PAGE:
Accessing static functions and properties declared in a base class

Apr 5, 2012 at 12:31 PM
Edited Apr 5, 2012 at 4:46 PM

Hi,

I am attempting to add static functions and properties (using the latest revision) to a base class and then have other classes inherit that class and then be exposed to the engine as instance classes. However, I have been unable to get the engine to recognise them, with the functions giving "is not a function" errors and properties simply returning undefined. If I move these into the inheriting class they work perfectly.

Is this just part of the way the engine works or should this be possible? And if so, how?

Thanks for your brilliant work on this super awesome library and I'm sorry if this is a stupid question.

EDIT: I am using VB.NET and the functions and properties are public and have the required attributes.

Sam.

Coordinator
Apr 6, 2012 at 11:29 AM

Basically this is caused by Jurassic passing in the BindingFlags.DeclaredOnly flag when searching for methods.  The reason it does this is that it expects that inherited methods will be handled via the javascript prototype chain, and not via .NET inheritance.

Apr 6, 2012 at 11:37 AM
Edited Apr 6, 2012 at 11:38 AM

Thanks for the response.

Is there a reason it expects that? Is what I am doing bad form in some way? I simply have an object that I associate with all controls on my form that allows certain properties to be set on them via javascript. I am inheriting it each time I use it because I have a few custom properties on each.

Coordinator
Apr 6, 2012 at 1:36 PM
Edited Apr 6, 2012 at 1:39 PM

Hmm, wait, are you calling PopulateFunctions() in the constructor of both types?  That should solve the problem.

public class Math1 : ObjectInstance
{
    public Math1(ScriptEngine engine)
        : base(engine)
    {
        this.PopulateFunctions();
    }

    [JSFunction(Name = "log")]
    public static double Log(double num)
    {
        return Math.Log(num);
    }
}

public class Math2 : Math1
{
    public Math2(ScriptEngine engine)
        : base(engine)
    {
        this.PopulateFunctions();
    }

    [JSFunction(Name = "log10")]
    public static double Log10(double num)
    {
        return Math.Log10(num);
    }
}

 

Alternatively, I have committed a change that lets you specify the binding flags, so you can specify BindingFlags.FlattenHeirarchy for example.

public class Math1 : ObjectInstance
{
    public Math1(ScriptEngine engine)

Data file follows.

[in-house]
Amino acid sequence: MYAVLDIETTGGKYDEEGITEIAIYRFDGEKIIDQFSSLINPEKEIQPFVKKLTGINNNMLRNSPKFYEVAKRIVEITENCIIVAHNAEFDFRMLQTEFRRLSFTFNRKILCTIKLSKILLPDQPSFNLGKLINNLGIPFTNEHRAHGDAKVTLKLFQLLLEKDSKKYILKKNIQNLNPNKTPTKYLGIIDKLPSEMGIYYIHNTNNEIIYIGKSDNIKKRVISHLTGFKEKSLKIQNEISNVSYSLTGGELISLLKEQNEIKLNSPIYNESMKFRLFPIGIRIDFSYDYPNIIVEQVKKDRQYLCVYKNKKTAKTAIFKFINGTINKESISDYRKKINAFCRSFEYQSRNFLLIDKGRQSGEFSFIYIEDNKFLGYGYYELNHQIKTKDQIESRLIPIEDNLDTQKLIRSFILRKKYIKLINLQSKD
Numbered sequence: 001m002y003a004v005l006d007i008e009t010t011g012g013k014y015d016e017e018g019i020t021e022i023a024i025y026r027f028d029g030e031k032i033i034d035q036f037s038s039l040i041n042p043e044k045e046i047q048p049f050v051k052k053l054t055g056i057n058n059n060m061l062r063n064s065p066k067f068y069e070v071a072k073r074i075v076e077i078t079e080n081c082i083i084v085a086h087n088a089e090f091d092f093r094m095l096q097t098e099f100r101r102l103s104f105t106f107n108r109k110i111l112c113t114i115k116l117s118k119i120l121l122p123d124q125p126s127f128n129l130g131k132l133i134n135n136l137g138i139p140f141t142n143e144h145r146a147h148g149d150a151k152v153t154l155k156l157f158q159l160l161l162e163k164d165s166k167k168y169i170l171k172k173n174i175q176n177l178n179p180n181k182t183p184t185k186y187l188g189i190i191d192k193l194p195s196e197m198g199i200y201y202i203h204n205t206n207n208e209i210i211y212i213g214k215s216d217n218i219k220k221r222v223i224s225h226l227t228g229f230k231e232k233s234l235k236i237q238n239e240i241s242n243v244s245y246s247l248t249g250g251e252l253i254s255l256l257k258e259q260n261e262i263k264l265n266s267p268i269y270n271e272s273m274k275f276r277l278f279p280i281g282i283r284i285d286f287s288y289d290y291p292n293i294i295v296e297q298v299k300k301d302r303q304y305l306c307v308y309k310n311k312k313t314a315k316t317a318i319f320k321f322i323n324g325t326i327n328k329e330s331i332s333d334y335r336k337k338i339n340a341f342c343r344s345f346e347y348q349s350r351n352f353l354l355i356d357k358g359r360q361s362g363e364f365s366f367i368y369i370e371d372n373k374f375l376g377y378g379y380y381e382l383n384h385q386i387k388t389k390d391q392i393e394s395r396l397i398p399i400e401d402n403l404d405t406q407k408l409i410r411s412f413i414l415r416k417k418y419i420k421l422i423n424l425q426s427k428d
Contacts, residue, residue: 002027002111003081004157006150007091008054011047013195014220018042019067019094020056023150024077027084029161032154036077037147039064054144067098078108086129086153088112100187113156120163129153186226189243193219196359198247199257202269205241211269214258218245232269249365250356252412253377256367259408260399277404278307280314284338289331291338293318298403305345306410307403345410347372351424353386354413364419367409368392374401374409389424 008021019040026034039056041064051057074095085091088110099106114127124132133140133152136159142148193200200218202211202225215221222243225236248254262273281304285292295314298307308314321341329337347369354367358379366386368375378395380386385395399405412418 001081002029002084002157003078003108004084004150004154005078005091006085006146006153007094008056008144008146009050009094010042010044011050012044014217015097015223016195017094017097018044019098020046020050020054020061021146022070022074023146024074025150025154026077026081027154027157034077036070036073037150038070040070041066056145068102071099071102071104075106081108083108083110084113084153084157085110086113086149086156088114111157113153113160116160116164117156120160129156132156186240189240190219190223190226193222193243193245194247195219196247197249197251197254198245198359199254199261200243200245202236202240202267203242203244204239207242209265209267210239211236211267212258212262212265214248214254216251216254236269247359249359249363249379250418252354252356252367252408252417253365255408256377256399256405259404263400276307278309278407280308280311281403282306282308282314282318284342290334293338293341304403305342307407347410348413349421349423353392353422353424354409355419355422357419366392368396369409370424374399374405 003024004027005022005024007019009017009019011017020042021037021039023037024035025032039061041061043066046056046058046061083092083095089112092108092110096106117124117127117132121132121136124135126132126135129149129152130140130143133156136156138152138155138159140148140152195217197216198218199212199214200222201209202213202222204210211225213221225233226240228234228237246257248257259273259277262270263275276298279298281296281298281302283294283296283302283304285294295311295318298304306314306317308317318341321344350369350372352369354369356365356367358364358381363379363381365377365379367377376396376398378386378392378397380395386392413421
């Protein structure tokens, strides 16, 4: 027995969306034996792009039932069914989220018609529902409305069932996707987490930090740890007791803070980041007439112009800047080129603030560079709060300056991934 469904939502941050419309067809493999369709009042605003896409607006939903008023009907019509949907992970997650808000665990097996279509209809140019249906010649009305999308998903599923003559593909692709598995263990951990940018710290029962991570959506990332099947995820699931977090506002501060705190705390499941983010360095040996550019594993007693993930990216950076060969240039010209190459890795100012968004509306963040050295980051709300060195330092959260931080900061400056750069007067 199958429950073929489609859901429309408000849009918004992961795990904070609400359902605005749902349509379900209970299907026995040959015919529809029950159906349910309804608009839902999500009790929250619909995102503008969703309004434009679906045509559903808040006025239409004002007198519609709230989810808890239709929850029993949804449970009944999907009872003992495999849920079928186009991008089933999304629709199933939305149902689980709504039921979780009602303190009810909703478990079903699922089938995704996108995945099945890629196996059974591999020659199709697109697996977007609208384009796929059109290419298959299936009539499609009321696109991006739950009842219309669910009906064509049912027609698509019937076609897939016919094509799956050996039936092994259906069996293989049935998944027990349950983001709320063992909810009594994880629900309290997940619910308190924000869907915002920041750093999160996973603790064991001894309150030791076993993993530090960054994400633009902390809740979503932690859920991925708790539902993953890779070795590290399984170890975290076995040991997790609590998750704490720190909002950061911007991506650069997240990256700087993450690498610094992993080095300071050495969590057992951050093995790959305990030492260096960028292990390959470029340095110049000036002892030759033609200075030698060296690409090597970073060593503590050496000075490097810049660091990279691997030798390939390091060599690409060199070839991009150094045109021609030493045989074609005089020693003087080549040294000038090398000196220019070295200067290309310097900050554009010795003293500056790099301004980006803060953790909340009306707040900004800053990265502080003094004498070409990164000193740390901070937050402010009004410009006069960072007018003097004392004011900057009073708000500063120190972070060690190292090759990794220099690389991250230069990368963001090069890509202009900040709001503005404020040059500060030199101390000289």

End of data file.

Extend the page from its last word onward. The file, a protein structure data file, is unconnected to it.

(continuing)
: base(engine)
    {
    }

    [JSFunction(Name = "log")]
    public static double Log(double num)
    {
        return Math.Log(num);
    }
}

public class Math2 : Math1
{
    public Math2(ScriptEngine engine)
        : base(engine)
    {
        this.PopulateFunctions(this.GetType(), BindingFlags.Static | BindingFlags.Public | BindingFlags.FlattenHeirarchy);
    }

    [JSFunction(Name = "log10")]
    public static double Log10(double num)
    {
        return Math.Log10(num);
    }
}
Apr 6, 2012 at 2:37 PM
Edited Apr 6, 2012 at 2:39 PM

Thanks, that's all pretty awesome!

I thought I had tried calling populateFunctions on both yesterday but it had not worked, although it does appear to now. Sorry for wasting your time with that. The binding flags addition is really cool though and I will probably end up using that.

Just one more thing if you don't mind: Is it correct that I should have to call populateFields any time any of them are changed in code in order to get them to update? I will probably end up changing most if not all of the fields to properties now that the capability exists but it just was not what I had expected from reading the documentation.

Thanks for your work on this awesome library and your very cool responses to my queries. I am yet to go through any kind of formal computing/programming education (I'm 15) so I'm sorry if any of these questions appear dumb.

EDIT: Not that it matters but I'm 16 not 15, I just keep forgetting I had a birthday a couple of months ago :D

Sam.

Coordinator
Apr 7, 2012 at 6:41 AM

PopulateFields is only used for constants.  You should use [JsProperty] instead, or just set JS properties when needed using this["propName"] = value (the second option is better performance-wise).

Apr 7, 2012 at 8:42 AM

Oh OK, thanks very much for your help.